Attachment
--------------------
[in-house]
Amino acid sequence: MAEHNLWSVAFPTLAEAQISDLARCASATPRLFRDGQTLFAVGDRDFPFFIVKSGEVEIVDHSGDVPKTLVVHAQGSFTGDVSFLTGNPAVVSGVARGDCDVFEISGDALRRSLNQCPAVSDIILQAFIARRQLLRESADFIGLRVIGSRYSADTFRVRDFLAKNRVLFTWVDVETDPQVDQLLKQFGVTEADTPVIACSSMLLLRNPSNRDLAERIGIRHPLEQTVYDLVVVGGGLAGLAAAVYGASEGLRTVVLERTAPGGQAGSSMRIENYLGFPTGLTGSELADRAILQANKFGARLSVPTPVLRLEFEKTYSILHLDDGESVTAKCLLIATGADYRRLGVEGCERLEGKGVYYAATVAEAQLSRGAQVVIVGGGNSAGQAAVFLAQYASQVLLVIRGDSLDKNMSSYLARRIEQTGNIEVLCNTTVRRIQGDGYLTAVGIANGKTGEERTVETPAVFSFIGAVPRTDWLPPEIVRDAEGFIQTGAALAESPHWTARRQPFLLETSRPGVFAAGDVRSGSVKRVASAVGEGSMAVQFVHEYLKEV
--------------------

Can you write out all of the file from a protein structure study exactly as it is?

[in-house]
Amino acid sequence: MAEHNLWSVAFPTLAEAQISDLARCASATPRLFRDGQTLFAVGDRDFPFFIVKSGEVEIVDHSGDVPKTLVVHAQGSFTGDVSFLTGNPAVVSGVARGDCDVFEISGDALRRSLNQCPAVSDIILQAFIARRQLLRESADFIGLRVIGSRYSADTFRVRDFLAKNRVLFTWVDVETDPQVDQLLKQFGVTEADTPVIACSSMLLLRNPSNRDLAERIGIRHPLEQTVYDLVVVGGGLAGLAAAVYGASEGLRTVVLERTAPGGQAGSSMRIENYLGFPTGLTGSELADRAILQANKFGARLSVPTPVLRLEFEKTYSILHLDDGESVTAKCLLIATGADYRRLGVEGCERLEGKGVYYAATVAEAQLSRGAQVVIVGGGNSAGQAAVFLAQYASQVLLVIRGDSLDKNMSSYLARRIEQTGNIEVLCNTTVRRIQGDGYLTAVGIANGKTGEERTVETPAVFSFIGAVPRTDWLPPEIVRDAEGFIQTGAALAESPHWTARRQPFLLETSRPGVFAAGDVRSGSVKRVASAVGEGSMAVQFVHEYLKEV